December 11, 2017

Helping PR pros make smarter decisions

New and Improved: Twitter

New and Improved: Twitter

The Bluebird of Social Happiness (a.k.a. Twitter) is about to pull out all the stops and start rolling out a new release of the popular real-time social media site that they hope will drive users above their reported 160 million users.

Starting Tuesday night (September 16, 2010), the roll out, which utilizes a two-pane in one window style approach, has a lot of editors going “gaga.” In an AdWeek interview, Twitter CEO Even Williams described the new Twitter: “You can click on a tweet and get a richer, faster, more detailed experience and get related content.”

The timeline of mentions, retweets, searches and lists are now above the timeline. With a click on a tweet, rich media, like photos and video from sites like YouTube, Flickr, Vimeo, Kiva and Twitpic will be viewable on the right pane. These links are still shortened to fit within the 140 character limit of Twitter: No change there. Even geotagging is supported – adding a location to a tweet will be able to display a map for the address being referenced. For example, sharing a location from applications like Foursquare will support this map feature.

So, when will everyone get the new toy?

According to the New Twitter web site, “These changes will roll out as a preview over the next several weeks. During the preview, you’ll be able to switch back and forth so you have time to grow accustomed to the way things work. Eventually, everyone will have the updated version of Twitter.com.” It should take several weeks before everyone has at least a peek at the new version.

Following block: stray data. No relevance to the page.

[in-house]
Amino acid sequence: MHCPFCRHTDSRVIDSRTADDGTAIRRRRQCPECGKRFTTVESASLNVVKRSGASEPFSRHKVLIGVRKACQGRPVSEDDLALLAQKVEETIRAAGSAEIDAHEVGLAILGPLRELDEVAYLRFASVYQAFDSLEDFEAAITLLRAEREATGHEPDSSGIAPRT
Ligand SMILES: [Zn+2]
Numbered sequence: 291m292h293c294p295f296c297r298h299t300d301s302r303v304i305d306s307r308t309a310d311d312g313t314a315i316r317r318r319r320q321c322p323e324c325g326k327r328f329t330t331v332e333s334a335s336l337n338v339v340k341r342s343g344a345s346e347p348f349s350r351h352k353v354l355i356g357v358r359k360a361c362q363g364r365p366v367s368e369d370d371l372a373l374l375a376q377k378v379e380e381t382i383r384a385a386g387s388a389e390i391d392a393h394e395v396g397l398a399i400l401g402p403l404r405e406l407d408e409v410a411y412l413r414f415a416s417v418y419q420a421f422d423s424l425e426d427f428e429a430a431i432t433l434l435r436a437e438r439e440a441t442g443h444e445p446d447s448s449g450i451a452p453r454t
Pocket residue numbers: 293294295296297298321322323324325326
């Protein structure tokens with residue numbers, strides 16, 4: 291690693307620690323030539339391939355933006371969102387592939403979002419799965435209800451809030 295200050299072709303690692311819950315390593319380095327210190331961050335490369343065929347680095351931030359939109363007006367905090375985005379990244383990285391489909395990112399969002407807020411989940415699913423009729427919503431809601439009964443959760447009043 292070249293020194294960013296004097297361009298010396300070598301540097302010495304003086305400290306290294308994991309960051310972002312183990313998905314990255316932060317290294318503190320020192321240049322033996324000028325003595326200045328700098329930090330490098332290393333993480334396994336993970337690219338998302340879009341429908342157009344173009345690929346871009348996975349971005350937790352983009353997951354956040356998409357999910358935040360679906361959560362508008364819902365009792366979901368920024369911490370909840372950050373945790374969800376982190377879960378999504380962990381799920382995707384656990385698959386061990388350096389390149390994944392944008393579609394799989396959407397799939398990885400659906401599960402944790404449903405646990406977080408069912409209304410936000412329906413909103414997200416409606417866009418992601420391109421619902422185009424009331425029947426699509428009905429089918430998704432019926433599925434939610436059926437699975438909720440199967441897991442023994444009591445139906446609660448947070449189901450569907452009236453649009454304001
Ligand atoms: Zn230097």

Businesses may want to be more cautious and see how their tools (like Hootsuite or CoTweet) and other major applications adapt. This appears this is an interface change, not a change in the API that sends the data to the other tools. The easier interface may increase Twitter’s user base, making it an even more important place to be. Enter my mantra that “you have to be where your customers are”; end of mantra.

Also of interest would be changes in usage patterns as the new version rolls out that may impact how and when users engage with others or click through to web sites.

Problems that many like myself have (with more than 2,000 followers) is how do you parse that much knowledge from that many people into usable chunks – and still have some of the day left for work. One of the benefits of Twitter is being connected to amazing people and then getting to meet many of them on a professional basis. For others, it’s much simpler: find other people who share the same interest. Either way, the new version may make it easier to find people who share what YOU think is relevant content.

For the record, I create several smaller lists of people who really add value to my day on a regular basis. When I am crunched for time, these mini-lists let me view in 30 seconds the information I need to know quickly. Hootsuite, CoTweet, and Tweetdeck are all outstanding for this.

Chief Operating Officer Dick Costolo, also quoted in the AdAge article, is looking to the money side of things. “The benefit of the new interface is there’s much more opportunity for users to explore,” he said. “It’s an opportunity for users to engage with the tweet and to see the ways others have engaged with the tweet.”

With engagement to content perhaps not even a click away, the possibility of advertising and branded content seems inevitable for a company that needs to monetize the product without upsetting their user base. This may be the first step and it could be in the right direction.

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